Memories and Mutton Birds Women of the Great Barrier Reef
By Associate Professor Kerrie Foxwell-Norton - 2020 John Oxley Library Fellows | 4 November 2022
Guest blogger: Associate Professor Kerrie Foxwell-Norton - 2020 John Oxley Library Fellows
One of the most rewarding aspects of our John Oxley Library Fellowship lies in moments of synergy and connection, an unexpected consequence of when women of the Great Barrier Reef tell their stories.
Terrie Ridgway’s story attracted a fair amount of media attention when the State Library of Queensland announced the Fellowships in 2020. It is a great yarn – and our eventual discovery of Terrie’s whereabouts in southeast Queensland generated widespread interest in our ‘Women of the Reef’ project. We had many people approaching us to tell their story or alert us to the story of another.
One of the first women we spoke to in the wake of our Fellowship announcement is Alison Rickert, who some may know as Alison Domm. Amongst much else, Alison completed a psychology and biological sciences degree at the Australian National University, doing her honours in biology, finishing in the late 1960s. Her first foray onto the Reef was during her degree, invited to be a research assistant on Heron Island by a friend whose then boyfriend was a turtle researcher. While there, she met Steve Domm. In Alison’s own words:
Alison Ricket, One Tree Island, early 1970s. Photo Credit: Alison Rickert.
There is much more to Alison’s story but suffice to say here: with Steve, Alison built the foundations for both the One Tree Island and the Lizard Island research stations – two world-leading suppliers of on-reef facilities for coral reef research and education. The station buildings that are there now represent a story that can be told through the life of Alison Rickert.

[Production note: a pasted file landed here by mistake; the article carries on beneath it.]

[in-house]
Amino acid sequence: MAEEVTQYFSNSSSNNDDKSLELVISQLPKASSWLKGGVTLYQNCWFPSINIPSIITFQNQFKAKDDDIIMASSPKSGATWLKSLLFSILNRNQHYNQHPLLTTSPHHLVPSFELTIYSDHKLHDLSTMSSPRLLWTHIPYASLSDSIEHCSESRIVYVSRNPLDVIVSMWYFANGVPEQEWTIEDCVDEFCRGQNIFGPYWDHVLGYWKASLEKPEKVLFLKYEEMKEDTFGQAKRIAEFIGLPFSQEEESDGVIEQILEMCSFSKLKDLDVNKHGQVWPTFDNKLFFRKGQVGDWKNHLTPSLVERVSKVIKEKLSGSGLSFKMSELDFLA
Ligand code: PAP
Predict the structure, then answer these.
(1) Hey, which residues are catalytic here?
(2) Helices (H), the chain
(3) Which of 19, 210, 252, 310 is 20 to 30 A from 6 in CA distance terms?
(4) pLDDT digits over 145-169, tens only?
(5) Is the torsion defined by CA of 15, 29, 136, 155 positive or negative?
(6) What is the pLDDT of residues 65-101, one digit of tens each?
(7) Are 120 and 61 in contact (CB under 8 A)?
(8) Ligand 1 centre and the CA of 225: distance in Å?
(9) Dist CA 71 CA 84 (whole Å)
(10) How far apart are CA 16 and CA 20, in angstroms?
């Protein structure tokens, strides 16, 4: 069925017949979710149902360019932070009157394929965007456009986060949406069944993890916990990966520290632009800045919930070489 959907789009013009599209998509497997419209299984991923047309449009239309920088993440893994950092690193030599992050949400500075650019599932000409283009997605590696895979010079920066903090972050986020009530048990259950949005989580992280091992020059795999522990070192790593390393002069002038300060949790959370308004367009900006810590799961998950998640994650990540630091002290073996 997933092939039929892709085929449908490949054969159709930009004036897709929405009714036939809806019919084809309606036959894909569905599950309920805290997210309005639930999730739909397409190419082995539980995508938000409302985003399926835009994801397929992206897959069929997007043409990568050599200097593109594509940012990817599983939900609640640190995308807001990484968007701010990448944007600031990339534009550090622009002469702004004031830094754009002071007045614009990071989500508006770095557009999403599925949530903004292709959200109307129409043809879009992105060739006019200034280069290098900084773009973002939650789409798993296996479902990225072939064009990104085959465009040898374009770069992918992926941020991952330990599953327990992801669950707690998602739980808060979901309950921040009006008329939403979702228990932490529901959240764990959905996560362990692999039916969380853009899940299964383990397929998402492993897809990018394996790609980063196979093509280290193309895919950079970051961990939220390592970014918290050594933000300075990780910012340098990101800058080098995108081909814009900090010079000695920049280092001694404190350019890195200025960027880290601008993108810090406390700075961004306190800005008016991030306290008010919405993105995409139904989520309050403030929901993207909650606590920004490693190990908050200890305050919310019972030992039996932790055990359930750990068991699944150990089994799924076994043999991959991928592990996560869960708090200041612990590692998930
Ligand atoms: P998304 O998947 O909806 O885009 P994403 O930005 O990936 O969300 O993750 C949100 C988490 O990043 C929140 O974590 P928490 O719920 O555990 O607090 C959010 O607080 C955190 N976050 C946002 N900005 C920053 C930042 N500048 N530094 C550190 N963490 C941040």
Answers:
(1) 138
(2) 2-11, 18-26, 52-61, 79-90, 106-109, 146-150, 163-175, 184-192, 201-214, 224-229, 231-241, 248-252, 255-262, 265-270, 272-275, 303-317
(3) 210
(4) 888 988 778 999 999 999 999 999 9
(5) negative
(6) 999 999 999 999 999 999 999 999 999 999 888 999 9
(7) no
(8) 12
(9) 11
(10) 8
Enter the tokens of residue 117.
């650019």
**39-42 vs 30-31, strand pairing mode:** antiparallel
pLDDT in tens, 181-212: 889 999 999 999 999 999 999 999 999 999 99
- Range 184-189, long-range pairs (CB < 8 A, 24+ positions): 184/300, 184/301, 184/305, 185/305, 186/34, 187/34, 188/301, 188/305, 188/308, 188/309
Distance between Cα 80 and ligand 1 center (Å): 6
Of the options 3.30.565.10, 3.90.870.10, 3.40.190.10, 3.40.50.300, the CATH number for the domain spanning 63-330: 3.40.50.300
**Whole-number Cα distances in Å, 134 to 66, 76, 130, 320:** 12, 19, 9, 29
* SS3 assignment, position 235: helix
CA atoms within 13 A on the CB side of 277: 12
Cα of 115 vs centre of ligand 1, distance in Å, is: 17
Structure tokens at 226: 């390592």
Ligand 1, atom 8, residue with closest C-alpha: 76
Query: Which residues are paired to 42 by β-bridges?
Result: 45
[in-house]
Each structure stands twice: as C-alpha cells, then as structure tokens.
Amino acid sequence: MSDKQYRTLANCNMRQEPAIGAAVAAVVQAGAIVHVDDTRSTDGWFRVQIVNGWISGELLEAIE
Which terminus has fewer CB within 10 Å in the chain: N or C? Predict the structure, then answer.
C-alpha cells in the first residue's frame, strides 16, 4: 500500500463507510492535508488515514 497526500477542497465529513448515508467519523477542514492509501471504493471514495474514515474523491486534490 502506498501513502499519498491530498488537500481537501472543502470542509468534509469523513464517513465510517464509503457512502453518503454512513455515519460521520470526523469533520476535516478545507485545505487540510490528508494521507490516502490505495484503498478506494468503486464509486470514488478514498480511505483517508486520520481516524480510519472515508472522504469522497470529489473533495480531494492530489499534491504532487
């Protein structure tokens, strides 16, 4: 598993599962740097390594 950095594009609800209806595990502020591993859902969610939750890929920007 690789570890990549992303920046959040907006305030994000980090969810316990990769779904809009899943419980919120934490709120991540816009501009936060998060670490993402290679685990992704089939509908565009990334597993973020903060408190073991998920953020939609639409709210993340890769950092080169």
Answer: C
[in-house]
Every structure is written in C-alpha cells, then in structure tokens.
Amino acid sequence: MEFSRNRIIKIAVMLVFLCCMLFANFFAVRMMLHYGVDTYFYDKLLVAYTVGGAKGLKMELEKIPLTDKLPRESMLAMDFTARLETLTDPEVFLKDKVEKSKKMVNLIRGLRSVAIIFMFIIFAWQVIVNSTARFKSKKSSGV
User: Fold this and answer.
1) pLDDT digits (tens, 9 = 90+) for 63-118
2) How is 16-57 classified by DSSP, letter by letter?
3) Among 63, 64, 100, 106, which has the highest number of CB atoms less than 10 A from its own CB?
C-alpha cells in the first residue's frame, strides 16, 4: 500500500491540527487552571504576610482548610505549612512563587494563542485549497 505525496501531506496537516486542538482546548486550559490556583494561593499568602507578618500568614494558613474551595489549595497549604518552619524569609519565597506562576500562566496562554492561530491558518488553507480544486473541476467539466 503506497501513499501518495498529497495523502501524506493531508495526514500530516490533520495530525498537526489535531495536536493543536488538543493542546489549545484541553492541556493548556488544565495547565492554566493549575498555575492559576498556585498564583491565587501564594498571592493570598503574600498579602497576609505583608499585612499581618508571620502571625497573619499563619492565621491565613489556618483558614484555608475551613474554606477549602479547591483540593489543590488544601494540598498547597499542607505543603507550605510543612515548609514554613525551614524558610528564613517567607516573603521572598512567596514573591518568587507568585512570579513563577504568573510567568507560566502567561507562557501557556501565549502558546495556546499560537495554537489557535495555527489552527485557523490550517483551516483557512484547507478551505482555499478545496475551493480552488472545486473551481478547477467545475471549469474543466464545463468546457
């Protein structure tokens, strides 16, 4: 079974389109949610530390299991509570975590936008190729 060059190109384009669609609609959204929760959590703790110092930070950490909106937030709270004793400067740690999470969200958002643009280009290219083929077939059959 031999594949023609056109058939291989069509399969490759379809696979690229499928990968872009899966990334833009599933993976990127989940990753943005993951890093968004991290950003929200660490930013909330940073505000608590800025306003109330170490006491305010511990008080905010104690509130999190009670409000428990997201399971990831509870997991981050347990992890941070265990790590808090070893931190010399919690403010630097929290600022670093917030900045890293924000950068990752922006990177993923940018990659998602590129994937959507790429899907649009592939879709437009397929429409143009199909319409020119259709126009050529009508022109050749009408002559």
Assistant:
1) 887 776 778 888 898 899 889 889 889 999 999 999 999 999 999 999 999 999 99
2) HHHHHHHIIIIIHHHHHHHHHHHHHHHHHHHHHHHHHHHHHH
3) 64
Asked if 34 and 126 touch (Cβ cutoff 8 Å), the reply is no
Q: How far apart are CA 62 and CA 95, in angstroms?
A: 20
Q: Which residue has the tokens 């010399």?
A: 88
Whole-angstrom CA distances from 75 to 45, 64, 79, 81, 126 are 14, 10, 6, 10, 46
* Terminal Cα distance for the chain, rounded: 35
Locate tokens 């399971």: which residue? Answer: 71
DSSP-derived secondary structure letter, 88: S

Reflecting on her time on working on the Reef, Alison says:
Coincidentally, Alison Rickert lives near Terrie Ridgway, so we arrange a meeting. Alison brings along photos to share with Terrie, as reminders of their lives and where they were more than half a century ago. These are memories of their lives as young women in the southern islands of the Great Barrier Reef, their paths nearly crossing then and wonderfully crossing now. Alison also brings a sound recording of the mutton birds on Heron Island, which she wants to play for Terrie.
We play the sound of mutton birds.
The look of recognition on Terrie’s face when she hears that sound is a memory drawn from deep down. To the surface it brings that young powerful woman in her 20s, living her dream life, learning, exploring and certain of her path.
And so we sit on this day, with Alison and Terrie, regaling stories of these mutton birds, of people they have known, of islands and sites they had seen, of Reef waters and their encounters with the animals there. It is pure joy as they share memories of their experiences on the Reef.
Alison and Terrie meeting to share memories, 2020. Photo credit: Kerrie Foxwell-Norton.
Such a discovery – and the joy it brings – is happy happenstance but not sufficiently important for formal historical records as these are the private experiences of women.
From a feminist perspective, the adage that the ‘personal is political’ adds weight to these private memories. My co-fellow Dr Deb Anderson and I are collecting the stories of these women to remember their contribution to the conservation of the Great Barrier Reef.
In doing so, we add the private and public experiences of women to the historical record – where they justifiably belong – as a memory of the past and a reminder of their contribution to the present. In elevating these stories, we offer a plan for the next generation of women’s participation in Reef conservation and other environmental issues, too.
Associate Professor Kerrie Foxewell-Norton & Dr Deb Anderson.
Other related links:
- Terrie Ridgway and Fellowship Beginnings
- The Women of the Great Barrier Reef
- The Terry Ridgway Story
- 2020 John Oxley Library Fellows. Research Reveals: Women of the Great Barrier Reef
Publication by Kerrie & Deb
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